5 Steps to Successfully Delegate in Your Restaurant

 In 1. David Scott Peters, Leadership, Restaurant Management, SMART Systems

To successfully delegate is a skill most people have to learn. And learning it is going to save you.

Take a moment and look at your to-do list. Do you see a list that seems to be growing instead of getting smaller? Do you have more than half your list marked as “A-1 Priority” projects? If you actually got some of those projects completed, would your restaurant run smoother, would you have happier better trained employees or would you make more money?

If you answered, “Yes,” to any of these questions, what the heck are you waiting for?

I’ll tell you what you’re waiting for. A freakin’ miracle! You know the one where Tinker Bell arrives, lands on your shoulder, sprinkles her pixie dust and, magically, all of your projects and tasks get completed. Right? (At least that’s how I picture my miracle arriving.)

The reality is that as your list of things that aren’t getting done gets bigger, your restaurant suffers and your stress level explodes to a point where instead of getting things done, you freeze and grab hold of your daily routine, praying that if you just keep moving the business will be OK.

The key to getting things done is to delegate!

What does it mean to delegate? The official definition according to Merriam Webster is, “to entrust to another or to assign responsibility or authority.” In other words, use your business’ resources, people and their time to get your stuff done.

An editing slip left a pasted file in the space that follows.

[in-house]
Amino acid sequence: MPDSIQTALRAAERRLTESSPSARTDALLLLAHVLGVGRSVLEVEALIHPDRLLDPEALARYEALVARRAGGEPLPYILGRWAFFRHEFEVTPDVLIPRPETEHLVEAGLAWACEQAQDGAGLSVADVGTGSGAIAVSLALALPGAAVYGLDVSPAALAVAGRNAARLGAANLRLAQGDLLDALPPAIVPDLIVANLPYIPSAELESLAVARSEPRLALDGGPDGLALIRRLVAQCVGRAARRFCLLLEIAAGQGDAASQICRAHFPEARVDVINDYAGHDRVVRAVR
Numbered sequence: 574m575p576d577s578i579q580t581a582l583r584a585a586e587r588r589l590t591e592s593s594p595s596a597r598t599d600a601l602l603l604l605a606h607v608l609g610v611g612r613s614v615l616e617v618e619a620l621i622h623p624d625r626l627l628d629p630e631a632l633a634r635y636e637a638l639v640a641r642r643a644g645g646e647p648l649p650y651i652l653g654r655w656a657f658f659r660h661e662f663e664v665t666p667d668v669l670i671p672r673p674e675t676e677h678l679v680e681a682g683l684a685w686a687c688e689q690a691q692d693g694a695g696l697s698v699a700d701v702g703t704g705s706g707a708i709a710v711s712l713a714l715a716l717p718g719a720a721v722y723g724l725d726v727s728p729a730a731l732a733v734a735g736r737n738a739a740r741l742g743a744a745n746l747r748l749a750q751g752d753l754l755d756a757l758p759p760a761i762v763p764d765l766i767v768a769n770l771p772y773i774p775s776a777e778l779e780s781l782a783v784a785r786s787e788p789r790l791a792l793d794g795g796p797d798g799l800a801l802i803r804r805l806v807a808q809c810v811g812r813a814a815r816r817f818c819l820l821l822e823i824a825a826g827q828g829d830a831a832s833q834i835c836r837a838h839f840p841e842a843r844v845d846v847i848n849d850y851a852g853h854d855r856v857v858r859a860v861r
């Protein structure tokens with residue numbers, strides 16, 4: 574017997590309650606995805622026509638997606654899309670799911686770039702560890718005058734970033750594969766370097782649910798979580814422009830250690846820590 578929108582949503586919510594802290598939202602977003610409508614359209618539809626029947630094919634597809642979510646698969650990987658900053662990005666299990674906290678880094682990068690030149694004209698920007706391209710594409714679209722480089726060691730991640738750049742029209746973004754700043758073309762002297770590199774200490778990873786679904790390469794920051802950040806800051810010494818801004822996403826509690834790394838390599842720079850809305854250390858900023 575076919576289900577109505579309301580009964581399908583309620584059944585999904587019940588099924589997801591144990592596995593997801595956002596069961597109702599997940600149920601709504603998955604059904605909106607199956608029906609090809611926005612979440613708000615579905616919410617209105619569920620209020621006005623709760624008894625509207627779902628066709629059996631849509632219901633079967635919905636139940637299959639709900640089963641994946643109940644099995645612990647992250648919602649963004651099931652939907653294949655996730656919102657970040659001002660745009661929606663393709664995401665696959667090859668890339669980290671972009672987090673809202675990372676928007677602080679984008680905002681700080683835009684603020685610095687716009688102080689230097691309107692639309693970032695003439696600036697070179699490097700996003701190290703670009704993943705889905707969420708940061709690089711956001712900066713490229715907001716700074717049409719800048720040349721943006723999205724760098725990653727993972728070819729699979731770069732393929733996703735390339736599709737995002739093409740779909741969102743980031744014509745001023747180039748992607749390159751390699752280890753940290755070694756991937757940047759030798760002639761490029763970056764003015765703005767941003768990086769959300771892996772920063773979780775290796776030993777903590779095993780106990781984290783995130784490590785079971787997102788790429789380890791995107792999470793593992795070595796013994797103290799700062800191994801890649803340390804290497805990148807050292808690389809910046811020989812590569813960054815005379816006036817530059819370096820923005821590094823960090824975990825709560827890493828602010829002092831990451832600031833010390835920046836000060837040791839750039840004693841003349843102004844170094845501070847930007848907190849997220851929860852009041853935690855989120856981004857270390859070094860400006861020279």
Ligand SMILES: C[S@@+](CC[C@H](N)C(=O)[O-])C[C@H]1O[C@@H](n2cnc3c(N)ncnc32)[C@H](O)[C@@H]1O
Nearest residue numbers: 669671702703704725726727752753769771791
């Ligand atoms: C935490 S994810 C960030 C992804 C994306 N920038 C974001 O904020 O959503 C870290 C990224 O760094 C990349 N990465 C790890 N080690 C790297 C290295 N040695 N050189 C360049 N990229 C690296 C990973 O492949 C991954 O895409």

That sounds easy, but how many times have you heard someone tell you to just simply delegate? How many times have you found yourself able to take that advice?

If only it were that easy, right?

Michael Gerber, author of The E-Myth Revisited, talks about how most small business owners make a critical mistake when they delegate. He talks about how they often “delegate through abdication,” and this doesn’t work.

“Delegation through abdication” is where you have a problem, a major project, a critical task that needs to be done and you hand it off to someone else to do without giving them sufficient direction. You simply hope that they will fix it, and that they will know exactly what you want done and how to do it successfully. Without providing specifics and expectations, you’ve just set the person to whom you’ve assigned the task on a path to failure. And when they fail, which they inevitably will since they can’t read your mind, you revert back to the mindset, “If I want something done right, I simply have to do it myself.”

How’s that strategy working for you? Remember that to-do list?

The keys to delegating

If you want to delegate successfully, all you have to do is follow these simple steps:

1) Be specific and clear. Explain what you want accomplished, the steps you want the assigned person to take and then ensure they understand. For example, don’t just say, “I want you to do these recipe costing cards.” Instead, teach the step-by-step process to completing a recipe card, from writing in the recipe to converting the ingredients used from pounds to ounces, etc., and show them how to complete one. Then watch them complete one and have them explain exactly what you have asked them to do. You need to make sure they get it. Understand when you assign a task to most people, they will answer, “yes,” when you ask them if they understand a task that has been assigned, even if they don’t. NOTE: You can NEVER be too specific!

2) Define success. When you delegate a task or project you need to let the person you have delegated to know what success looks like. Take the time to let them know why this task is important, what completion looks like and why it’s important.